It was the summer of 2011 when some of my family members arrived in New York City. They live in Colombia and our only chance to spend time together is for a couple of weeks every other summer. Our most recent adventure was a road trip to Niagara Falls with various stops along the way.
We woke up around five in the morning, and left. My father’s van was packed with suitcases, and snacks. Before arriving at our first stop, my father (who was in the drivers’ seat for the moment) asked me to get him some plums from the trunk. I got the fruits but I had to wash them, so I left my phone and my big wallet on top of the bumper in the back of the car. When I returned, I passed him the plums and got back in the van.
Thirty minutes had passed and we were going up I-87 N when another driver honked at us saying something about the car. We opened and closed the back door, but he kept pointing to the back of the van, and it was only then that it hit me. I had left my wallet on top of the bumper. Amazingly enough, the wallet was still there. No one believed my luck. The best part was that my parents had designated me as the one to keep track of the money. All of our savings were in my wallet. At that moment I laughed simply out of nervousness.
Our first stop was Woodstock, New York, the famous town of the 1969 Music Festival, a three-day concert. My cousins and their father loved rock, not me. Never in my life had I expected to admire and love this town full of olden times. The town itself contained a very calm atmosphere and because of this it would have never occurred to me that a rock concert took place here. The stores around the town were small, yet large at the same time. They were tangibly and structurally petite, but with an air of having gone through a lot of the madness like the ones from the music festival in 1969.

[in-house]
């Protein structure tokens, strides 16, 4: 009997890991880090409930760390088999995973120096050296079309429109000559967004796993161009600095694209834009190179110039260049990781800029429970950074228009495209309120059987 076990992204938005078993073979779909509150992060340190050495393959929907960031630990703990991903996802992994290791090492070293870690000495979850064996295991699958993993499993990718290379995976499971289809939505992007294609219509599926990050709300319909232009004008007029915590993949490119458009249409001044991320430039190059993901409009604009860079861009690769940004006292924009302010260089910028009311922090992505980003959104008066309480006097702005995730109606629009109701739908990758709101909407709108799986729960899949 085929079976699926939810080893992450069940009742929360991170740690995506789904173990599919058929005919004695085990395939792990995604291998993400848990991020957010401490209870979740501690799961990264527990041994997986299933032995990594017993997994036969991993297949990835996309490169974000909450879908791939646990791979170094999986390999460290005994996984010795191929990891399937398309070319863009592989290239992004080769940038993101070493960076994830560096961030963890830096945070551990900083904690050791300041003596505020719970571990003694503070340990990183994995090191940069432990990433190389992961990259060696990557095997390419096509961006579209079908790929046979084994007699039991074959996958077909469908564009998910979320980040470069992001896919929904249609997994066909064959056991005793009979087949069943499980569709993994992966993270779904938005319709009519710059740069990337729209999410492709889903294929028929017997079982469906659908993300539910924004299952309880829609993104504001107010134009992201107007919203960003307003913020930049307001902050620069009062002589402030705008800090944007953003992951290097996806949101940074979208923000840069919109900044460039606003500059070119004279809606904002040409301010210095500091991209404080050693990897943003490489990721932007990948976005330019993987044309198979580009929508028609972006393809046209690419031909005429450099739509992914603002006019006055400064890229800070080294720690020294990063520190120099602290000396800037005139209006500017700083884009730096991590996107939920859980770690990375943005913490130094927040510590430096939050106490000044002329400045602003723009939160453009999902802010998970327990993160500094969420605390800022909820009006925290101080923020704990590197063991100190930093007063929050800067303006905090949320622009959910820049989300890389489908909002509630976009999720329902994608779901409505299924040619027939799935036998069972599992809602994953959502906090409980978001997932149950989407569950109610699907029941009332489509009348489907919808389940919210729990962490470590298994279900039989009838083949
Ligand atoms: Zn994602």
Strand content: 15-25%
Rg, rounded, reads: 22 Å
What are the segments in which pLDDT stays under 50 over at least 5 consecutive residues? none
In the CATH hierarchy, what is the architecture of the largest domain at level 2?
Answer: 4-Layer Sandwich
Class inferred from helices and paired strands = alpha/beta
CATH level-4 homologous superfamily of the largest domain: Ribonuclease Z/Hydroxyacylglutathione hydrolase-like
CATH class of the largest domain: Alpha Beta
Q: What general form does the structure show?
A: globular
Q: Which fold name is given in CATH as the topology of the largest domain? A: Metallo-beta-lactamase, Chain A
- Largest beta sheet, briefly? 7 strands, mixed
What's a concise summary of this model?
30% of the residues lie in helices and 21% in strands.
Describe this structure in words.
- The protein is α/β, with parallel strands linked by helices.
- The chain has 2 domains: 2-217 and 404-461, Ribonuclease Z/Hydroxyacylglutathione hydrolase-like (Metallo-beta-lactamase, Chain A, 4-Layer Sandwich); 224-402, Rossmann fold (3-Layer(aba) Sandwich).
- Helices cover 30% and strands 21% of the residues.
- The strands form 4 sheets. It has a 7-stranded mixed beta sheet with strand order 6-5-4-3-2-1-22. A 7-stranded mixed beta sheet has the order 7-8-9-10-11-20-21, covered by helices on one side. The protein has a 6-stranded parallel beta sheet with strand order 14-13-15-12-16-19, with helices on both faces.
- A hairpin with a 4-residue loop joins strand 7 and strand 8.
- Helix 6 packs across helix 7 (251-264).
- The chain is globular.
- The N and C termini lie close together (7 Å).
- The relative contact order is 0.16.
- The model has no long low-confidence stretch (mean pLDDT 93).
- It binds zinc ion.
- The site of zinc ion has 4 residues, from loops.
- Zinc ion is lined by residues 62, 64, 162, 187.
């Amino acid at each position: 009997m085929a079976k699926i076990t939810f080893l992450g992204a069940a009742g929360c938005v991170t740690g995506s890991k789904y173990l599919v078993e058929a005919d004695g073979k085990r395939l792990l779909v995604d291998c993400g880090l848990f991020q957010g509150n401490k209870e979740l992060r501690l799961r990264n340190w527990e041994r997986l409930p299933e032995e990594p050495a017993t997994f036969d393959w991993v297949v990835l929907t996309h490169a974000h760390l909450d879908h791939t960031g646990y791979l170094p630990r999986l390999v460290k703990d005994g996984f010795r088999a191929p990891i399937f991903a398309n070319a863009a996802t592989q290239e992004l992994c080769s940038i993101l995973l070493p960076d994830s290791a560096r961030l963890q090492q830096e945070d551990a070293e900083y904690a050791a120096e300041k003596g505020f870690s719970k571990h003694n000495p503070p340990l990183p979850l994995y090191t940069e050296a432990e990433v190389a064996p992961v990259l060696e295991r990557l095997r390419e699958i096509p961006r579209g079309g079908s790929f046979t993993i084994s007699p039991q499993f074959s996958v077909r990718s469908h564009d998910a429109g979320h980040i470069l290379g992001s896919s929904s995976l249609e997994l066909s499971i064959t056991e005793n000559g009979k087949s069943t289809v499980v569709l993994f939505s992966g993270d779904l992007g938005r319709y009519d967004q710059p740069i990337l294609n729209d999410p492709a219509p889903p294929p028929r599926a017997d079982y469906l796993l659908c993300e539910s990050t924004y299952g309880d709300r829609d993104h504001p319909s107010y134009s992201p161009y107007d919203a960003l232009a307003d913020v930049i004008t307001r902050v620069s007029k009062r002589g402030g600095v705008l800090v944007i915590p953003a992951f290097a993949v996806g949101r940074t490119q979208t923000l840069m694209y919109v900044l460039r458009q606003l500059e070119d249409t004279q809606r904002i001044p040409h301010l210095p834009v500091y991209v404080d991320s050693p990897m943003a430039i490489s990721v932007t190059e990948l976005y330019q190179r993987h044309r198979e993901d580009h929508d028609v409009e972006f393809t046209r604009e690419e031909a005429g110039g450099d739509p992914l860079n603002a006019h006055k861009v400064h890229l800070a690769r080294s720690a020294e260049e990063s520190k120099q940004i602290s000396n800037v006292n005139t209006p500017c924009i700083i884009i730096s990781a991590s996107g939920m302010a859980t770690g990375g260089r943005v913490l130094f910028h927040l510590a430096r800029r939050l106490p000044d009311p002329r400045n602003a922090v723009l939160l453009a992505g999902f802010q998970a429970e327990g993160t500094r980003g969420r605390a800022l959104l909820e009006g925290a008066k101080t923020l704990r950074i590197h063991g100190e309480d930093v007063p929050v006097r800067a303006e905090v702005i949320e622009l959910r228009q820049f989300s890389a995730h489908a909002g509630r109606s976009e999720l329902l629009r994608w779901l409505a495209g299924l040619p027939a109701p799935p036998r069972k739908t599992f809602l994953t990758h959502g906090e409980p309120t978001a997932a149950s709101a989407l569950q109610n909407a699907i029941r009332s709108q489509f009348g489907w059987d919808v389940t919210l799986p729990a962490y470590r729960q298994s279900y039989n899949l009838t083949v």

Ironically, a satisfying tranquility ruled every corner of the town. We found a park and laid on the grass for a while. My cousin and I looked at each other and although it was only the beginning of our trip, we knew that our time together was coming to an end. The next time she would be back she would be in college and we would no longer be teens with easy, simple lives. It broke my heart to look back and realize that all of those crazy and fun Christmas’ we enjoyed would never happen the same way they did when we were kids. It would soon be July 25th, the day for them to leave and for me trying to fill that empty space in my heart is something I struggle with daily.
Our next stop was the state’s capital, Albany. We walked around the Capitol Hill and the State University of Albany. It was interesting to see the administrative buildings of New York State. We then left for Buffalo and looked for a Motel 6 since we knew it was a cheap place to spend the night. The next morning we departed for Niagara Falls and seeing Canada from the US side felt cool. However, I must admit that what captivated my attention most was the quality time spent with those who grew up next to me, but whom I barely got to see.
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